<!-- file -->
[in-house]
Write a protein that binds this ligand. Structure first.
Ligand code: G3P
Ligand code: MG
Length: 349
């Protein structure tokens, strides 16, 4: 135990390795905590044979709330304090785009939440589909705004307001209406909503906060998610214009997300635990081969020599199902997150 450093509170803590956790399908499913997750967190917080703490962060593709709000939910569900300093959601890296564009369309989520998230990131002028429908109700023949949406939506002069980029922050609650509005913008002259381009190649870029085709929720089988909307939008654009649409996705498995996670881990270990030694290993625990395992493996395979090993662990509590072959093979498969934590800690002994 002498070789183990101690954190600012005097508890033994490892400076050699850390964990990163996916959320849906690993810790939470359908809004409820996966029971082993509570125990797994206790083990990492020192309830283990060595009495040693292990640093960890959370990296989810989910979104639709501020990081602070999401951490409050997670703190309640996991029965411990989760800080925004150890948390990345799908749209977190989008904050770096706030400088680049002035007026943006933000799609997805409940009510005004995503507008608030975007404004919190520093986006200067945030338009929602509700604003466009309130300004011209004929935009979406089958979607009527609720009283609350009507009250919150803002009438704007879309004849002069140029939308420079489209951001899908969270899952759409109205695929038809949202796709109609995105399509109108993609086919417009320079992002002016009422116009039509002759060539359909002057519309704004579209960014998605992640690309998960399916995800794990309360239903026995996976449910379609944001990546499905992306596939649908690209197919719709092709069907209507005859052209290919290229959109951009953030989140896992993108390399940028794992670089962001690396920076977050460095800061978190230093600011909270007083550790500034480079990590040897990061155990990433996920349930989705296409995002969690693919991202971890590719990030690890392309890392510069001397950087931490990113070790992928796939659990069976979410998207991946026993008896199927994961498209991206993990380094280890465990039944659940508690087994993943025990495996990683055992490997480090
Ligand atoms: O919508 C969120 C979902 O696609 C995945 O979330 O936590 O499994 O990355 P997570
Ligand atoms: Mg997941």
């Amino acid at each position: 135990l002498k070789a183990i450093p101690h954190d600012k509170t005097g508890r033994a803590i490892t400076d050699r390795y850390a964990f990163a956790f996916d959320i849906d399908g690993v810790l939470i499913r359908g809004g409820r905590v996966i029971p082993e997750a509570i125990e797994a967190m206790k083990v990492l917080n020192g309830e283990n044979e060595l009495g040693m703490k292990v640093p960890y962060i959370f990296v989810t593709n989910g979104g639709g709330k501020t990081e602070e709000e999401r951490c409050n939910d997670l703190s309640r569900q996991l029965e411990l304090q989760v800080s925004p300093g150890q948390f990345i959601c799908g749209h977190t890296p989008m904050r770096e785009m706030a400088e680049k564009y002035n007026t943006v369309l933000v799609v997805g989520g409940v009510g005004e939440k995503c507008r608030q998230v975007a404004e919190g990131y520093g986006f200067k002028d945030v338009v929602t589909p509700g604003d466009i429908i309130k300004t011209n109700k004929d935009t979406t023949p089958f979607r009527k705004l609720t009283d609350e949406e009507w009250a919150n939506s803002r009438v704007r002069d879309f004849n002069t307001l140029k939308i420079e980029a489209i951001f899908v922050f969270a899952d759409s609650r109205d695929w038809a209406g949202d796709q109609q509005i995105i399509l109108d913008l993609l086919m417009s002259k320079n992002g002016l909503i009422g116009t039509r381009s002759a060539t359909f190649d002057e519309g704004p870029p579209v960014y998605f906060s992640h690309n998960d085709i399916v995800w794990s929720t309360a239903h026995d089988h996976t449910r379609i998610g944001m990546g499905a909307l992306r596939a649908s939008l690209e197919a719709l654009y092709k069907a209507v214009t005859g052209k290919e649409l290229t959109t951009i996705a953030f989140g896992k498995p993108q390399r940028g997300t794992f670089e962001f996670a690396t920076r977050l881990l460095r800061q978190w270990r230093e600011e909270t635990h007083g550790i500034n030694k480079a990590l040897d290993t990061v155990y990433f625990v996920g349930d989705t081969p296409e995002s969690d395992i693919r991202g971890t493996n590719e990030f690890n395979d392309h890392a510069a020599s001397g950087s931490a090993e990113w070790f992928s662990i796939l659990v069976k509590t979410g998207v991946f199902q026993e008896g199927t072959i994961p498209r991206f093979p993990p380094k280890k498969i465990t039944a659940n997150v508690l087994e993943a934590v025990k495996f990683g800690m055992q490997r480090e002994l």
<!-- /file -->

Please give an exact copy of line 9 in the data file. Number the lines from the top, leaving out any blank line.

């Amino acid at each position: 135990l002498k070789a183990i450093p101690h954190d600012k509170t005097g508890r033994a803590i490892t400076d050699r390795y850390a964990f990163a956790f996916d959320i849906d399908g690993v810790l939470i499913r359908g809004g409820r905590v996966i029971p082993e997750a509570i125990e797994a967190m206790k083990v990492l917080n020192g309830e283990n044979e060595l009495g040693m703490k292990v640093p960890y962060i959370f990296v989810t593709n989910g979104g639709g709330k501020t990081e602070e709000e999401r951490c409050n939910d997670l703190s309640r569900q996991l029965e411990l304090q989760v800080s925004p300093g150890q948390f990345i959601c799908g749209h977190t890296p989008m904050r770096e785009m706030a400088e680049k564009y002035n007026t943006v369309l933000v799609v997805g989520g409940v009510g005004e939440k995503c507008r608030q998230v975007a404004e919190g990131y520093g986006f200067k002028d945030v338009v929602t589909p509700g604003d466009i429908i309130k300004t011209n109700k004929d935009t979406t023949p089958f979607r009527k705004l609720t009283d609350e949406e009507w009250a919150n939506s803002r009438v704007r002069d879309f004849n002069t307001l140029k939308i420079e980029a489209i951001f899908v922050f969270a899952d759409s609650r109205d695929w038809a209406g949202d796709q109609q509005i995105i399509l109108d913008l993609l086919m417009s002259k320079n992002g002016l909503i009422g116009t039509r381009s002759a060539t359909f190649d002057e519309g704004p870029p579209v960014y998605f906060s992640h690309n998960d085709i399916v995800w794990s929720t309360a239903h026995d089988h996976t449910r379609i998610g944001m990546g499905a909307l992306r596939a649908s939008l690209e197919a719709l654009y092709k069907a209507v214009t005859g052209k290919e649409l290229t959109t951009i996705a953030f989140g896992k498995p993108q390399r940028g997300t794992f670089e962001f996670a690396t920076r977050l881990l460095r800061q978190w270990r230093e600011e909270t635990h007083g550790i500034n030694k480079a990590l040897d290993t990061v155990y990433f625990v996920g349930d989705t081969p296409e995002s969690d395992i693919r991202g971890t493996n590719e990030f690890n395979d392309h890392a510069a020599s001397g950087s931490a090993e990113w070790f992928s662990i796939l659990v069976k509590t979410g998207v991946f199902q026993e008896g199927t072959i994961p498209r991206f093979p993990p380094k280890k498969i465990t039944a659940n997150v508690l087994e993943a934590v025990k495996f990683g800690m055992q490997r480090e002994l």